In a 2002 essay in the online journal Feminista entitled, “Women Suicide Bombers,” Dworkin asserts that women commit these acts to wipe away the stigma of being a female due to the sexual abuse they experience as nationalists. While these Palestinian women strive for equality, they are pushed back down by male nationalists. She maintains that female suicide bombers are not the poor and marginalized women in Palestine but rather the “best and the brightest,” driven by pride and bravery. They hope to achieve equality and citizenship in a new Palestinian state, though if they carry out their tasks they will not be around to defend such a status. Dworkin concludes this essay by stating that national liberation is anti-sisterhood.9

An analysis of Golda Meir is noticeably absent from Dworkin’s text. Meir was a career politician who actively promoted Zionism and the creation of a Jewish state. Perhaps if Dworkin included Meir, her arguments on women and their relation to the state would weaken. It is clear, however, that Dworkin believes women are inherently more superior and progressive than men based on the privileges that men receive under patriarchy and the state. In the end, body politics shapes her perceptions on gender whereby men and women are judged by who they are, rather than what they do.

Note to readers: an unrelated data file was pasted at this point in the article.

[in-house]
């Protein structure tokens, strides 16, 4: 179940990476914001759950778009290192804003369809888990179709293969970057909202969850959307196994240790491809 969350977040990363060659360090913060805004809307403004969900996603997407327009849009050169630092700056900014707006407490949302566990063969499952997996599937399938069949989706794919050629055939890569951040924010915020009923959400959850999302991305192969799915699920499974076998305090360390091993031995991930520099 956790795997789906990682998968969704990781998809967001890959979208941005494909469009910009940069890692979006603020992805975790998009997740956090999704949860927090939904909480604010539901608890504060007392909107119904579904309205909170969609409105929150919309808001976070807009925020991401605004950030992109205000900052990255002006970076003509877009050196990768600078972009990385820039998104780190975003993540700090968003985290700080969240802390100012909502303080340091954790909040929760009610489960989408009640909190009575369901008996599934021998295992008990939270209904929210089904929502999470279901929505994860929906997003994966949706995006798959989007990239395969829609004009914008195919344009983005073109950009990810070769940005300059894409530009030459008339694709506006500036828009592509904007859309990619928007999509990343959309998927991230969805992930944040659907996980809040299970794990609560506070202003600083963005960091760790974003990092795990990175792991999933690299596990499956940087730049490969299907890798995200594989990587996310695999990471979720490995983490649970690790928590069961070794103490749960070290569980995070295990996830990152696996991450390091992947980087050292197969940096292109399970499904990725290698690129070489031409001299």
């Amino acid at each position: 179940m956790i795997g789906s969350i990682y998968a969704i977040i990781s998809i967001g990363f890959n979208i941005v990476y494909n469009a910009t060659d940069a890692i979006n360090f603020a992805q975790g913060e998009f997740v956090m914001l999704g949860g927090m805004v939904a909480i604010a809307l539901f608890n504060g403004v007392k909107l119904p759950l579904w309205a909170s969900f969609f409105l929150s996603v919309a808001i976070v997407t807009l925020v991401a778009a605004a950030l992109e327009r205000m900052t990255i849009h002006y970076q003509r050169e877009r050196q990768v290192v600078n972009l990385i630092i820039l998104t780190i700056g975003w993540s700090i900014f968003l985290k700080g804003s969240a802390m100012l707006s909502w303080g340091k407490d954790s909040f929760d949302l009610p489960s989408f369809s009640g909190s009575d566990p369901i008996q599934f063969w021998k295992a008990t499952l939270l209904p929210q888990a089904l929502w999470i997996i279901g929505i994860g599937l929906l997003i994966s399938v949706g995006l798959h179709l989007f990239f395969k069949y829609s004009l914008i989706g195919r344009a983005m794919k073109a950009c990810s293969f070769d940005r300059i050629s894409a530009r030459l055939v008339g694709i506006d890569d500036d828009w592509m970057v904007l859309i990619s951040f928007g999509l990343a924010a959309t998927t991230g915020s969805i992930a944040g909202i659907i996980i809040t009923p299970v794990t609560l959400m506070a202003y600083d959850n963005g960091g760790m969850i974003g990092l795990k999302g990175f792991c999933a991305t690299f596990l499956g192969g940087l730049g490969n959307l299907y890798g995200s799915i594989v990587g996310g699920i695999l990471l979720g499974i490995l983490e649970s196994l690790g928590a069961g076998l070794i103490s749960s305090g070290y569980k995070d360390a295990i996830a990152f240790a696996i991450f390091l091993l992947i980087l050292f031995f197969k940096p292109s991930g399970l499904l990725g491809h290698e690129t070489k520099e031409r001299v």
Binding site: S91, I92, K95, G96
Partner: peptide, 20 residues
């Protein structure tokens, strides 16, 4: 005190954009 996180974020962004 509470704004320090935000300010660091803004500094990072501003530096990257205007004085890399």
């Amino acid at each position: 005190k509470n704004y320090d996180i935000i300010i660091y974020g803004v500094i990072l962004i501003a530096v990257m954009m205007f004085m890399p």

Women who would blow themselves up should live to protect and advance the struggle of their people and community from below. Dworkin would agree that female suicide bombers should live as well, but she would only argue this for the sake of sisterhood. While there is nothing wrong with sisterhood, for this author, their life’s value cannot be elevated to a level higher than male and female cooperation and support as the key to women’s liberation. Women’s liberation must be a project that both genders engage in. No one would argue with her evidence that some Israeli and Palestinian women are working together to support rape survivors, but women’s cooperation alone will not stop the violence in the Arab-Israeli conflict. She fails to make the distinction between armed self-defense practiced by many Palestinians and Israeli state-sponsored violence—they are not comparable. The progressive state based on female supremacy, which she advocates for, may very well include violence. Then again, women have a universally shared superior moral economy, or so Dworkin expresses in the book’s conclusion, and as long as women are in charge of the violence, then it is legitimate and fair.